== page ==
In an opening statement, Prosecutor Fatou Bensouda stated the extremists who inhabited Timbuktu turned a life that the town called the”pearl of the desert” to a nightmare, even where armed rebels destroyed historical mausoleums and meted out people floggings, amputations, forced marriages and rapes.
The suspect, Al Hassan Ag Abdoul Aziz Ag Mohamed Ag Mahmoud was”well aware of and involved, as proof will reveal, in this barbarous and barbarous repression,” Bensouda told judges in the court at The Hague.
As the hearing began, among Al Hassan’s attorneys, Nicoletta Montefusco, contended he was unfit to stand trial as a result of post-traumatic anxiety disease and”dissociative characteristics that result from acute maltreatment.” Defense attorneys previously told the courtroom that Al Hassan was detained while in custody in Mali before he had been delivered to The Hague.
They requested to suspend the event on the eve of the trial since COVID-19 constraints had prevented them from fulfilling their customer and visiting his psychological requirement for four weeks, the defense attorneys said.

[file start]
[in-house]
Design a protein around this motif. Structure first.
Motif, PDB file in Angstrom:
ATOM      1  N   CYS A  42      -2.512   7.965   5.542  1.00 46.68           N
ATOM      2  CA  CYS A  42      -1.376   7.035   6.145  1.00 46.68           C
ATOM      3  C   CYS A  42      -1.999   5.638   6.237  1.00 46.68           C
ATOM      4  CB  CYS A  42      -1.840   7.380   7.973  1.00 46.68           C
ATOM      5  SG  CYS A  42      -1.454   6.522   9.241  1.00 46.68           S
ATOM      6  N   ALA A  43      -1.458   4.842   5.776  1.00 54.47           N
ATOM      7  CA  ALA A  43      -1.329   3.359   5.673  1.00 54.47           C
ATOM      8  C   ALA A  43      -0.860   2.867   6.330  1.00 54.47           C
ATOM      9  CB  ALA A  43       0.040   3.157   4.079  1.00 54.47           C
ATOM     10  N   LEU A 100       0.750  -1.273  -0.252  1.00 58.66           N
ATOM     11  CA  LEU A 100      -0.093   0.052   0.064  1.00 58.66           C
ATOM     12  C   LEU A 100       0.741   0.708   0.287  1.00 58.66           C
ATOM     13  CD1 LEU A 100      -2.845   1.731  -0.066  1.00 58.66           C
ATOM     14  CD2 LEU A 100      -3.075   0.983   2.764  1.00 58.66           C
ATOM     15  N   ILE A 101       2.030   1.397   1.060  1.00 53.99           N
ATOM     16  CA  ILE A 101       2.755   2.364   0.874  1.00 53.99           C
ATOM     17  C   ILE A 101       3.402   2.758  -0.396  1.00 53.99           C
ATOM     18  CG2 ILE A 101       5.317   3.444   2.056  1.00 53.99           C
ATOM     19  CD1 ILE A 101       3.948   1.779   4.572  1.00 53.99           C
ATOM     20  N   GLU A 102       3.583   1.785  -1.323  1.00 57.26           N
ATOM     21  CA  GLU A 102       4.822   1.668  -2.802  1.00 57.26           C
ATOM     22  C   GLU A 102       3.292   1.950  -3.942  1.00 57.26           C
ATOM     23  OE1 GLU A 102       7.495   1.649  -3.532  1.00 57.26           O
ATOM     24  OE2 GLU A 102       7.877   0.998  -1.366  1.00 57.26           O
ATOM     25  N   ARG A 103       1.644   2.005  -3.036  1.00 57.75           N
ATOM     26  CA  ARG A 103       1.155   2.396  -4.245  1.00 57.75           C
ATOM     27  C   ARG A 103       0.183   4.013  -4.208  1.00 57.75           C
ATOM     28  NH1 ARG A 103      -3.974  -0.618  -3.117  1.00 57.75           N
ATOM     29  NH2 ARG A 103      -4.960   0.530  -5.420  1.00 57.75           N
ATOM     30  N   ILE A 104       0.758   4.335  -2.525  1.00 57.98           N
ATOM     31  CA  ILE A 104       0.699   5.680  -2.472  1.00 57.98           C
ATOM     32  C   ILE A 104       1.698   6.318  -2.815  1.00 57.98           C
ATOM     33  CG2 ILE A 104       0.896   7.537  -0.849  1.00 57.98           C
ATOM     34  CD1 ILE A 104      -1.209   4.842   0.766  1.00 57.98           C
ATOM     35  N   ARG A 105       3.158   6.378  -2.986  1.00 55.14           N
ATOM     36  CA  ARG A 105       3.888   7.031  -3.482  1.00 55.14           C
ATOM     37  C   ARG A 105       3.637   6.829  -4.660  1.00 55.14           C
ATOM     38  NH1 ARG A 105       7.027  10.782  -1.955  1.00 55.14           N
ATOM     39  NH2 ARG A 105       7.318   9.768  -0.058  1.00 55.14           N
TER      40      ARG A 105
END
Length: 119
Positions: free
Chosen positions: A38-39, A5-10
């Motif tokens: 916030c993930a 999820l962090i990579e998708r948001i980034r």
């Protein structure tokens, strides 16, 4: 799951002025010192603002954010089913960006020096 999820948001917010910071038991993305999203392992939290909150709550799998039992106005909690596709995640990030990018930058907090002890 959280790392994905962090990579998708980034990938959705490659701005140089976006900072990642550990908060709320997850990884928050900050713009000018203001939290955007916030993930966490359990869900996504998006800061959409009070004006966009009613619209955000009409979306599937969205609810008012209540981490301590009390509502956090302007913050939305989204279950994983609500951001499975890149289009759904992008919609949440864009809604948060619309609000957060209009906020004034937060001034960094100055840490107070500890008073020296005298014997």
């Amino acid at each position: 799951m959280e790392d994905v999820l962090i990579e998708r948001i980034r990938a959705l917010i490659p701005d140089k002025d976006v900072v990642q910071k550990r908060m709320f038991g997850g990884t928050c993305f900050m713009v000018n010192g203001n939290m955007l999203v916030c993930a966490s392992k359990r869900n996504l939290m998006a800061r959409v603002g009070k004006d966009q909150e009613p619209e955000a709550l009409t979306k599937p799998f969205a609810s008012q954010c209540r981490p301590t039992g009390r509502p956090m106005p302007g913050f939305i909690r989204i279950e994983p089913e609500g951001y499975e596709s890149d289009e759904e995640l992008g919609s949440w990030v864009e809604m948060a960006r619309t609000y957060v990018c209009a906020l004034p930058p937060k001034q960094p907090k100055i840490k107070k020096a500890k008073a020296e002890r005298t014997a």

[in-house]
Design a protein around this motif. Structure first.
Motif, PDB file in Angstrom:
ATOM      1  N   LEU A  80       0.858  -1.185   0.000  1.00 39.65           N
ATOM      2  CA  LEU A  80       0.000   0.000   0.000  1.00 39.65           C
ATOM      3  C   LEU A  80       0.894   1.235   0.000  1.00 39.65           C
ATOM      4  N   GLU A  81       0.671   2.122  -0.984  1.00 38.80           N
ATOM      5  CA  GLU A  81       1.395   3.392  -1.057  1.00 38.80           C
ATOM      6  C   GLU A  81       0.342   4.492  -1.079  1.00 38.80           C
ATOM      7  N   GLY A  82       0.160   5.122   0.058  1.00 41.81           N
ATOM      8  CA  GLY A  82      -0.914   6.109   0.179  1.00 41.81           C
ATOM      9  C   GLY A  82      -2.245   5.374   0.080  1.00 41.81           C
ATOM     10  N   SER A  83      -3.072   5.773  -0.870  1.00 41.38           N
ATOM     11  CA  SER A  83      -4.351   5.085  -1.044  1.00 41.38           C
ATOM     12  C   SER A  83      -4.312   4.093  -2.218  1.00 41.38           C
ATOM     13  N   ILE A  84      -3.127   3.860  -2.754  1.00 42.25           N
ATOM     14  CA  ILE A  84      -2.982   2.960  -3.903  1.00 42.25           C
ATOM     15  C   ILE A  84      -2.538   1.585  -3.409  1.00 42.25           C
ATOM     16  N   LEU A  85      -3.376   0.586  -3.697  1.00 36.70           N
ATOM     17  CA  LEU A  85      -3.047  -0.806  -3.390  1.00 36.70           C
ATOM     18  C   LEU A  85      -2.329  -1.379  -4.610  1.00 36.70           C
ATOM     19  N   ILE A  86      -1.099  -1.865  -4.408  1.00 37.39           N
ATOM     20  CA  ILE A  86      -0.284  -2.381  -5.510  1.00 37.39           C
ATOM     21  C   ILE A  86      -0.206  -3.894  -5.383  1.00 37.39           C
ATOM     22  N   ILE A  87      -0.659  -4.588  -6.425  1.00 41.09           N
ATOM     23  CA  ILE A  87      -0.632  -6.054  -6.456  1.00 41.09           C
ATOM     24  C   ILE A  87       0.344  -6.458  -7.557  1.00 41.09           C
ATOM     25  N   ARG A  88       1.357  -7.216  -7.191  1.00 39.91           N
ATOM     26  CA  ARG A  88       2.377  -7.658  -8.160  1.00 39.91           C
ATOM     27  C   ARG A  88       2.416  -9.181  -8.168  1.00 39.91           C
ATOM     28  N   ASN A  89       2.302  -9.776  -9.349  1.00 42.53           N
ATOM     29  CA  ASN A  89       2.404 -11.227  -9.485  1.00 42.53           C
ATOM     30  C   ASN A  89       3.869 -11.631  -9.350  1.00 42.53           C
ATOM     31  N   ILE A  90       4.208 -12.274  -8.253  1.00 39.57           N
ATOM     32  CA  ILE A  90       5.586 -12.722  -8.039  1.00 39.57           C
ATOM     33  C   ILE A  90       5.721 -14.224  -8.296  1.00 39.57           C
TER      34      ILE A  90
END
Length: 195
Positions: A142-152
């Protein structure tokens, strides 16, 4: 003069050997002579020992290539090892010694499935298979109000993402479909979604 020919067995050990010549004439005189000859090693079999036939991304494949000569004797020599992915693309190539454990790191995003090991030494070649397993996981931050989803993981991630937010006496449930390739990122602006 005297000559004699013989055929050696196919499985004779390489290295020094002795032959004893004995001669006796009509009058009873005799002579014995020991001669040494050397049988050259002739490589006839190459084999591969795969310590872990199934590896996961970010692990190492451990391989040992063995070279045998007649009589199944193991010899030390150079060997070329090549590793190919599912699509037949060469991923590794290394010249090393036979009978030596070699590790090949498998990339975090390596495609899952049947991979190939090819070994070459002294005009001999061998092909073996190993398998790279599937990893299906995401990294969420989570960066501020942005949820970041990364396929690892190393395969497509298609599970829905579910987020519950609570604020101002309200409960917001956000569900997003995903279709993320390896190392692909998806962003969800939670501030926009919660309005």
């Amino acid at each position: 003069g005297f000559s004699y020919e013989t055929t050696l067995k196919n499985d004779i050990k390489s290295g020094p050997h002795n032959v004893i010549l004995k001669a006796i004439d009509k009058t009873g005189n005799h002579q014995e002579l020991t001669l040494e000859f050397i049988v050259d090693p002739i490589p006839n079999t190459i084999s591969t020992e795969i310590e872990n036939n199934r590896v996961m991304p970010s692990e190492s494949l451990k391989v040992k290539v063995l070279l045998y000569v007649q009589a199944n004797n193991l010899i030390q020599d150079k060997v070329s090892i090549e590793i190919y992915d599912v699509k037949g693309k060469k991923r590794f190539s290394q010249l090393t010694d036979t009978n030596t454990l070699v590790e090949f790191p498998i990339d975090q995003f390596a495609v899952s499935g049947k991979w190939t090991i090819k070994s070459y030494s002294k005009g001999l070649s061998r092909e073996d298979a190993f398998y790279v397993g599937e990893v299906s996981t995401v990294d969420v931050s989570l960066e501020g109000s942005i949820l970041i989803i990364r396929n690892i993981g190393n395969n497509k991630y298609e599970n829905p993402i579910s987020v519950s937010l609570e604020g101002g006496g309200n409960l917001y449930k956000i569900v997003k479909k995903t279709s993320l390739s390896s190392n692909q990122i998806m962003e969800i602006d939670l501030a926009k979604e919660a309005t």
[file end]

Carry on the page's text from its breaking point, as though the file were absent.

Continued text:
Judges declined to stop the trial and called for a medical evaluation of Al Hassan, who afterward said he knew that the 13 counts of war crimes and crimes against humanity by which he is billed but declined to enter pleas.
Bensouda explained that girls and women were especially troubled by Ansar Dine’s repressive regime, confronting corporal punishment and imprisonment.
“Many were pressured to the union,” Bensouda explained. “Confined contrary to their own will and raped by members of this group.” Al Hassan was involved in coordinating these unions, the prosecutor told judges.
She mentioned one rape victim as stating, “All that was left was a corpse.”
A French-led military performance in 2013 compelled Al Hassan and other people from electricity, though rebel components have continued to point numerous strikes on Malian and global forces.
The trial started against a history of political tensions in Mali after contested legislative elections.
The trial will be the next instance at the ICC connected to Ansar Dine’s brutal occupation of Timbuktu. An associate of the team, Ahmad Al Faqi Al Mahdi, premiered in 2016 and sentenced to eight years’ imprisonment for assaulting nine mausoleums and a mosque doorway in the town in 2012.